The Buffalo Bills enjoyed a successful 2017 campaign despite the lowered expectations of shuttling away star players such as receiver Sammy Watkins and cornerback Ronald Darby. Now, coach Sean McDermott enters his second season as the team’s head coach poised to find a franchise quarterback and shore up the interior run defense. Fortunately, Buffalo has a good deal of draft capital in the bank.
Using the FanSpeak On The Clock Mock Draft Simulator, here is one realistic scenario that would make sense for the Bills.
Round 1, pick 21: Rashaan Evans, LB, Alabama
Round 1, pick 22: Vita Vea, DT, Washington
That sound is the collective groan of Bill fans everywhere when no quarterback is selected here. In this Fanspeak simulation, quarterbacks Josh Rosen, Josh Allen, Baker Mayfield, Sam Darnold and Lamar Jackson are all off the board. There’s zero excuse to fit a square peg (Mason Rudolph) into a round hole (first-round selection).
Instead, the Bills get a second terrific piece of the puzzle to play on the defensive interior. Vea is a physical freak who has some similarities to departed D-lineman Marcell Dareus. Both are physically imposing players with suddenness to play as penetration players when given the chance to play that way. Vea needs to be played in a single gap. Buffalo would be wise to implement him in a role that encourages him to get into the backfield, unlike what it did with Dareus.
Round 2, pick 53: James Washington, WR, Oklahoma State
The Bills missed out on Mason Rudolph in this simulation, since he was selected in a run of picks between Vea and this pick. Don’t panic, Bill fans. The unfortunate truth is your youthful team isn’t quite ready to make that deep postseason run in 2018 as is, so there’s no need to force the pick. With a strong draft in 2018, this team can get aggressive and find a franchise QB in 2019. In the meantime, there are plenty of veteran signal callers to bring in.
Washington will be a favorite of whichever QB the Bills do roll with in 2018. Highly effective as a deep receiver, Washington brings the same elements to the passing attack that Sammy Watkins was supposed to.
Round 2, pick 56: James Daniels, C, Iowa
The untimely retirement of veteran center Eric Wood leaves the Bills with one more need entering the draft then they had when the clock hit zeros for the final game.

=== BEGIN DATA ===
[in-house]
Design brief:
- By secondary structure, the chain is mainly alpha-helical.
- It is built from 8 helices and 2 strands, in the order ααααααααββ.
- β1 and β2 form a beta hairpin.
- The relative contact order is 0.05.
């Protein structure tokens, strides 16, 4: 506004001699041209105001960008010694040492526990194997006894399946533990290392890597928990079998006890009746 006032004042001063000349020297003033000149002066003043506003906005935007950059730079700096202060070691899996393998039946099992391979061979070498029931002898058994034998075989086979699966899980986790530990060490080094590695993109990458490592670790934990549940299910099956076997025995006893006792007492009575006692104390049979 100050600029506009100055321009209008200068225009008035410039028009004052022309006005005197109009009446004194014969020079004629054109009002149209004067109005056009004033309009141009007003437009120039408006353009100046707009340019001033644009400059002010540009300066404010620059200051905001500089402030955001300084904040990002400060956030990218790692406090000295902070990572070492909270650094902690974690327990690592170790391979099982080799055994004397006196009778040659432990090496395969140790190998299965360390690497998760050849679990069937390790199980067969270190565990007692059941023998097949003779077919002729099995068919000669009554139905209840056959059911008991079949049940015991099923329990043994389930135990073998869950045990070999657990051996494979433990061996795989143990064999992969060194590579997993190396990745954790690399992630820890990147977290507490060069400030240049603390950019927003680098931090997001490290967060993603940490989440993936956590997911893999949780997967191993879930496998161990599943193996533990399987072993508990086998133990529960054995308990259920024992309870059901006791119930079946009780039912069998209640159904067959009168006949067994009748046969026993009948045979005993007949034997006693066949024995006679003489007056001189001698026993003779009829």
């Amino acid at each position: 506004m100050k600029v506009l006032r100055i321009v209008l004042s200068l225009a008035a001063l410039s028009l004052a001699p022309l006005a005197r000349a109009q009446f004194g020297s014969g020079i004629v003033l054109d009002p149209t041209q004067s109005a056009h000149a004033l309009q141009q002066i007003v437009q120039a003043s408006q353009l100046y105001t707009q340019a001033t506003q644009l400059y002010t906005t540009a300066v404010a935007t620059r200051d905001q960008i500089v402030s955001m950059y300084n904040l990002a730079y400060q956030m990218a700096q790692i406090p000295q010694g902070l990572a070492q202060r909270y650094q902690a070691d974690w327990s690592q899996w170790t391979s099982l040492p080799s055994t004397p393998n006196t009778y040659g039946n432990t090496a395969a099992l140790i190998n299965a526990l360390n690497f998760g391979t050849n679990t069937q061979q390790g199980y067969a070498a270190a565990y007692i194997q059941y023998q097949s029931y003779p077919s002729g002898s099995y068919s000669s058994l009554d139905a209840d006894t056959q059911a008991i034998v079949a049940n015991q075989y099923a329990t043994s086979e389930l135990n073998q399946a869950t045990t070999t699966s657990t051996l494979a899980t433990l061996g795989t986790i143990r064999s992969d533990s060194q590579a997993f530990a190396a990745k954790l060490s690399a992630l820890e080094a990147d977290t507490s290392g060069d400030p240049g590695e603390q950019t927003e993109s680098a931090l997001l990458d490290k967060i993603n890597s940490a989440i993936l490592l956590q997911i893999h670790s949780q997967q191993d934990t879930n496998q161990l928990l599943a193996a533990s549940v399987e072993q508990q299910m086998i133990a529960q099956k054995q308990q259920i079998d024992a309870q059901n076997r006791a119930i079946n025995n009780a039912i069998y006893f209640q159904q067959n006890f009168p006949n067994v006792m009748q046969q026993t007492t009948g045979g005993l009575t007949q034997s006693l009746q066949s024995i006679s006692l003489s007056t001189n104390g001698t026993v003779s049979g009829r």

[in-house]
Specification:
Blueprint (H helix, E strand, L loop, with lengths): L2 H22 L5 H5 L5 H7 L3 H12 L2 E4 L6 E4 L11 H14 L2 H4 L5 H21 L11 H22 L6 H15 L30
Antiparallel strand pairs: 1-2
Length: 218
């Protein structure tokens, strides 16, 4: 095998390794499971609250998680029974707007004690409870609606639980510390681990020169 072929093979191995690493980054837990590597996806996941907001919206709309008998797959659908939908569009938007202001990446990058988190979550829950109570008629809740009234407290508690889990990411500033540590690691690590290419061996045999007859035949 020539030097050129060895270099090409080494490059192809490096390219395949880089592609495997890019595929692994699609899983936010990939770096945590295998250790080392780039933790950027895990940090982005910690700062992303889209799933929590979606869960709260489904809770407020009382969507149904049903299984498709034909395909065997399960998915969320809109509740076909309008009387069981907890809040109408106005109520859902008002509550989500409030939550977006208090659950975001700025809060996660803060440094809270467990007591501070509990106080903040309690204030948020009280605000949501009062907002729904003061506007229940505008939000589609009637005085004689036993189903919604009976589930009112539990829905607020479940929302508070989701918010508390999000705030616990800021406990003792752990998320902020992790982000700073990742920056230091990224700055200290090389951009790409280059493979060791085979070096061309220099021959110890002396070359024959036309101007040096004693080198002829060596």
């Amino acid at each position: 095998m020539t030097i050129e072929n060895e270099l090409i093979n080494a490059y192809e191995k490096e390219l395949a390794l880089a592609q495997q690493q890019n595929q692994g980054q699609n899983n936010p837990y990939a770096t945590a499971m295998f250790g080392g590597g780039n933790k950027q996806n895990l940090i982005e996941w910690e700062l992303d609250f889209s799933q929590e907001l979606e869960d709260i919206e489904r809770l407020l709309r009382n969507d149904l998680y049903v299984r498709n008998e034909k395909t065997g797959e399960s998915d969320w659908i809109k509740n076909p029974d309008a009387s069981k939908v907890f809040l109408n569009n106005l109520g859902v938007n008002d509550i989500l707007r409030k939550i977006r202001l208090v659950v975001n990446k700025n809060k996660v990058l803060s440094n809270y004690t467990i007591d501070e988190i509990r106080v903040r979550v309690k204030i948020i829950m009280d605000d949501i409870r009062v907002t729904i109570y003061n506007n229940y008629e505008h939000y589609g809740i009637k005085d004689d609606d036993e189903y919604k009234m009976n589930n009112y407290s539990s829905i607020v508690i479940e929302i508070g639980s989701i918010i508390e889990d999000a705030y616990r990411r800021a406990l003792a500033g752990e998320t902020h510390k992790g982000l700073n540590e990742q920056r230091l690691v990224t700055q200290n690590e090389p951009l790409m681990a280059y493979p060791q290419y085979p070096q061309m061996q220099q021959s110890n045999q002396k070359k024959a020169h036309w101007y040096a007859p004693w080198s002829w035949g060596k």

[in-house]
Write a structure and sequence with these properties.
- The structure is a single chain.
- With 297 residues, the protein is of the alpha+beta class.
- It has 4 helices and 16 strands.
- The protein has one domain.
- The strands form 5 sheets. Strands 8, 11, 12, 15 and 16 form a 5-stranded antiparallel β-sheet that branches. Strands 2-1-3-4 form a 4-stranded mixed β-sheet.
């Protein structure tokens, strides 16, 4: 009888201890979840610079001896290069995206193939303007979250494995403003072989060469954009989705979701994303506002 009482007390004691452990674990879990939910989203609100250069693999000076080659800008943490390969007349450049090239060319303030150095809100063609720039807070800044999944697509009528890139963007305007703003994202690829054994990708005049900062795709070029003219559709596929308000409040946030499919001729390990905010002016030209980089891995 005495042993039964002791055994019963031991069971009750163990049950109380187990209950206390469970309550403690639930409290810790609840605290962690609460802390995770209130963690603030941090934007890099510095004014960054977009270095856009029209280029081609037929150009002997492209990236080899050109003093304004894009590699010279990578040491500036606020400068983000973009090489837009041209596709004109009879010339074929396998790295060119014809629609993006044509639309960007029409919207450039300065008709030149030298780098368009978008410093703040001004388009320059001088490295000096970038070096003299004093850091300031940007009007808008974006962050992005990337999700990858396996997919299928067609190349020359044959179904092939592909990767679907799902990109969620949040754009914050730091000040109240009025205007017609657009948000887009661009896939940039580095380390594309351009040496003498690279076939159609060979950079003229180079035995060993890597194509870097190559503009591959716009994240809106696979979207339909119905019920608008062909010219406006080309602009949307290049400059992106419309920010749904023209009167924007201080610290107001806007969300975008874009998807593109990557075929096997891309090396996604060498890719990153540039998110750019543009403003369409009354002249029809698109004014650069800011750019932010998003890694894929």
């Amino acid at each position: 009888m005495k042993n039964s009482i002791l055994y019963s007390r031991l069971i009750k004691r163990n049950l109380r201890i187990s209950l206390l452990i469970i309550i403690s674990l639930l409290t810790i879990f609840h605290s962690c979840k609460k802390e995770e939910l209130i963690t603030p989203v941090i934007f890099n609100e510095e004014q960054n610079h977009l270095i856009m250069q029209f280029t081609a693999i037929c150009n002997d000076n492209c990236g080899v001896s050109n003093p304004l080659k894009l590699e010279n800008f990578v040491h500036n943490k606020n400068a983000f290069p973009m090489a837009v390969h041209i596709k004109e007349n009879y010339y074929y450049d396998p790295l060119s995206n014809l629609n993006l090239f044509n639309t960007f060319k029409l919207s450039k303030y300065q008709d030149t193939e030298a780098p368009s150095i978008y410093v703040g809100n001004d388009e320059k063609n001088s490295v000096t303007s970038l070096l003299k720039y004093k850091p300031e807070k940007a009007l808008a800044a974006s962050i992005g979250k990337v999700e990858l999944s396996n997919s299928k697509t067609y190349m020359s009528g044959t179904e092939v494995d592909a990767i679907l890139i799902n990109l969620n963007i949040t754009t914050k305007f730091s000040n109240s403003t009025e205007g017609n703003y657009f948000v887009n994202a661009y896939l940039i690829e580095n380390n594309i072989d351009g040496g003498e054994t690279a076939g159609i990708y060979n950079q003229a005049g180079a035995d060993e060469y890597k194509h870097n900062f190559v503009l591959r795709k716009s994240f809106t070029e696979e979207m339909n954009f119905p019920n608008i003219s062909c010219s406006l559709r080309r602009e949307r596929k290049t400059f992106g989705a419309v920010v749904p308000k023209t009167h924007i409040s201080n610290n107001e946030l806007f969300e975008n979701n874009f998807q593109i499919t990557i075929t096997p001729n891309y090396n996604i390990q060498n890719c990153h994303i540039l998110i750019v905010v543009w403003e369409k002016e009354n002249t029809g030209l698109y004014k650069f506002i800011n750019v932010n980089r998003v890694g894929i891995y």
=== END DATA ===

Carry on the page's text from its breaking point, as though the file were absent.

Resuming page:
Daniels has the ability to step in immediately and offer very good power next to guard Richie Incognito. Iowa’s OL has been one of the most consistent in the country for several seasons, thanks in part to the efforts of Daniels.
Round 3, pick 96: Josh Sweat, DE, Florida State
Here’s hoping that Shaq Lawson can be a fully healthy force in 2018. Whether he’s able to stay on the field and perform highly or not, there’s more depth needed from the defensive end group and Sweat is a great fit.
A speedy rusher with nice length, Sweat can learn from veteran DE Jerry Hughes, who enters this upcoming season at 30 years of age. Keeping Hughes fresh will be paramount to keeping him productive. Sweat can help on that front as well.
Round 4, pick 123: Kurt Benkert, QB, Virginia
Benkert has more of a live arm than 2017 rookie Nathan Peterman, a trait which should give him the chance to push the Pitt product for ranking on the depth chart. Among Benkert, Peterman and a veteran, Buffalo’s QB room can stand firm in 2018 and stress the same things the coaching staff did in 2017: Protect the football!
Round 5, pick 160: Nyheim Hines, RB, North Carolina State
Holy cow, is this kid fun! Hines is lightning in a bottle and possesses some of the most electric jukes in the class. With low usage out of N.C. State, Hines will come into the league with little tread on his tires and a proven track record as a receiving back (89 receptions).
With LeSean McCoy set to go over the dreaded 30-year barrier for running backs and having a tough go in 2017 (his 4.0 ypc is the lowest of his entire career), some fresh legs in the backfield can be a positive.
Round 5, pick 168: Durham Smythe, TE, Notre Dame
Smythe had a terrific showing at the Senior Bowl, which was his chance to illustrate that he isn’t *just* a blocking TE. With Nick O’Leary and flex weapon Charles Clay holding down the TE group, some blocking prowess would be useful going forward.
*NOTE: The Bills do not currently own a sixth or seventh round pick